Background: Keeping on top of new evidence is a perennial challenge. Systematic reviews can quickly become out of date, and maintaining surveillance of new evidence can be resource intensive and costly. For example, identifying new eligible studies for updating systematic reviews and maps of research—including those that have been transitioned to using a ‘living reviews’ approach—conventionally involves running updated Boolean searches across multiple electronic databases and manual screening of all retrieved unique records. However, new tools and technologies are beginning to address this challenge. First, the OpenAlex dataset—an open access, continually updated dataset and knowledge graph comprising more than 250 million records of research articles from across science—can be considered a ‘one stop shop’ for published research in many topic areas, reducing the need to search many, or sometimes any, subscription databases. Second, the scope of a review can be ‘learned’ by machine learning algorithms, facilitating efficient identification of eligible studies from within large datasets. OpenAlex tools in EPPI-Reviewer make use of these important enablers to support efficient updating of systematic reviews and maps, using precise automated searches of this potentially comprehensive single source with machine learning.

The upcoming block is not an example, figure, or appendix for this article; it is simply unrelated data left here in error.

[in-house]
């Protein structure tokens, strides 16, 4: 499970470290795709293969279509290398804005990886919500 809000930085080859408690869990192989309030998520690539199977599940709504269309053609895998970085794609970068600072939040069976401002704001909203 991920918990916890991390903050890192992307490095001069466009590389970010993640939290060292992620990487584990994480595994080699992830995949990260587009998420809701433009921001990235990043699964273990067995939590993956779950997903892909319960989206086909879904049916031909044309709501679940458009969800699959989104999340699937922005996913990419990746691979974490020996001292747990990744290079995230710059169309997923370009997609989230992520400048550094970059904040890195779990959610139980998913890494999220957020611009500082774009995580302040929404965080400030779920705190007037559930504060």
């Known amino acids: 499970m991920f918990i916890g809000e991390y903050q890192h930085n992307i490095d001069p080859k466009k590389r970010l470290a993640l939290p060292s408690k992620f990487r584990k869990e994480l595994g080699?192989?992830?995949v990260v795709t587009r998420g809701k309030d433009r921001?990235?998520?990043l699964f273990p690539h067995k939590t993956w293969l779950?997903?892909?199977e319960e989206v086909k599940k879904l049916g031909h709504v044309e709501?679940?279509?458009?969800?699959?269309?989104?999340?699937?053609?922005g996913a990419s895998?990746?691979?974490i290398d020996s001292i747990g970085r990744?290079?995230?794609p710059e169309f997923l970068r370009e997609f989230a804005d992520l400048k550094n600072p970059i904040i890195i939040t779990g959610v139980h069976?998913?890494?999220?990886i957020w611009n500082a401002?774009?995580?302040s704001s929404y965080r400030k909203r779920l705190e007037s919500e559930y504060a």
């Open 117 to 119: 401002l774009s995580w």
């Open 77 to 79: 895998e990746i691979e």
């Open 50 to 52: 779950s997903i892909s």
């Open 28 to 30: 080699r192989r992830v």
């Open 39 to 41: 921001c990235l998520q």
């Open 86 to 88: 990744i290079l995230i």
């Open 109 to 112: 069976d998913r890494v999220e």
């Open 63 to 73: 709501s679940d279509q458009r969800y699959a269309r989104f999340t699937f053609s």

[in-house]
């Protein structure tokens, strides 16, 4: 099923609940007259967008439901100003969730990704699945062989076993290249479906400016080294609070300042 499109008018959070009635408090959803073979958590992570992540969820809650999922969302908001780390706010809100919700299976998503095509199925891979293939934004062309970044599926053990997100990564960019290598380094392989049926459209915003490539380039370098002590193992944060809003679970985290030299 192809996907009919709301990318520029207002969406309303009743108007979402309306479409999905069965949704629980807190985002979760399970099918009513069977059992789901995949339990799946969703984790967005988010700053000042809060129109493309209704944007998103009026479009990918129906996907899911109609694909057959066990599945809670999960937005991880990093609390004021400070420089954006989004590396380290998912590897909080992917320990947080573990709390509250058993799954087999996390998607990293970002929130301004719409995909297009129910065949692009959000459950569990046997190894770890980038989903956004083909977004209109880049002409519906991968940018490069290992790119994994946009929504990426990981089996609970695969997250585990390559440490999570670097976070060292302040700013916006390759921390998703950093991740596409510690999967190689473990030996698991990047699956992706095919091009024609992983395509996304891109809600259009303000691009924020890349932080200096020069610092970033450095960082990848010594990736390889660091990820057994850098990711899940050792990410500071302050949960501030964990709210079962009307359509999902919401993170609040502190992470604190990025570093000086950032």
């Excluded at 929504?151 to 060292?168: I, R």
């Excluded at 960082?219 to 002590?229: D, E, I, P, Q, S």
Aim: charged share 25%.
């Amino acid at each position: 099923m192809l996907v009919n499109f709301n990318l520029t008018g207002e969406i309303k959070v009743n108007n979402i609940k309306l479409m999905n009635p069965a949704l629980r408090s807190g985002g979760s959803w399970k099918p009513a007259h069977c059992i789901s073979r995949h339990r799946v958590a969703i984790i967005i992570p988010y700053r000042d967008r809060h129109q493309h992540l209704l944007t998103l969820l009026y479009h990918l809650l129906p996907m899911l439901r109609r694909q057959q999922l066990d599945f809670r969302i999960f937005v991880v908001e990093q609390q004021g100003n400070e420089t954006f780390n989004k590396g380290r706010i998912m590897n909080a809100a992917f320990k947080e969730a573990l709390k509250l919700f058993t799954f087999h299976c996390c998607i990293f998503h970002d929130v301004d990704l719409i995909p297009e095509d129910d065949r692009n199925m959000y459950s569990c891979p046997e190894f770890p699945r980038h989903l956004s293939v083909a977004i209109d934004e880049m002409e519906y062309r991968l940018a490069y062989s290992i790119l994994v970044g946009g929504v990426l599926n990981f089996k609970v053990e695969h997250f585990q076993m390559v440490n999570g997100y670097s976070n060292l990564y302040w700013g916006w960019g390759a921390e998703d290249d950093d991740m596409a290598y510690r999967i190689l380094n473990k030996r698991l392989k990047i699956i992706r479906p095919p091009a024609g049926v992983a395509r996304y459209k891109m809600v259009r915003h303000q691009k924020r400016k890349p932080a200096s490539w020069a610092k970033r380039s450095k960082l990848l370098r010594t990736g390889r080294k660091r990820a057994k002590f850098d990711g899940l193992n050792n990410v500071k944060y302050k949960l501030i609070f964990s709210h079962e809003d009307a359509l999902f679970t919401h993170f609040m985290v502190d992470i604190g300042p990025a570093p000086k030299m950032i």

Objectives: To (i) introduce OpenAlex tools in EPPI-Reviewer; (ii) learn how to use these tools to set up automated study identification workflows for updating systematic reviews or maps of research; and (iii) discuss how to evaluate the ability of these workflows to efficiently identify new research.
Description: Participants will need a laptop with wireless connectivity in order to gain practical ‘hands-on’ experience of using OpenAlex tools in EPPI-Reviewer. The workshop will cover how to use these tools to set up an example Cochrane intervention review for prospective updating via automated searches of the OpenAlex dataset. We will also demonstrate options for managing and screening records retrieved by these searches. Time will be allocated to a discussion of how these tools and methods should be evaluated. This session will be of interest to information specialists, review authors, and others interested in learning about new approaches to automate and optimise the updating process.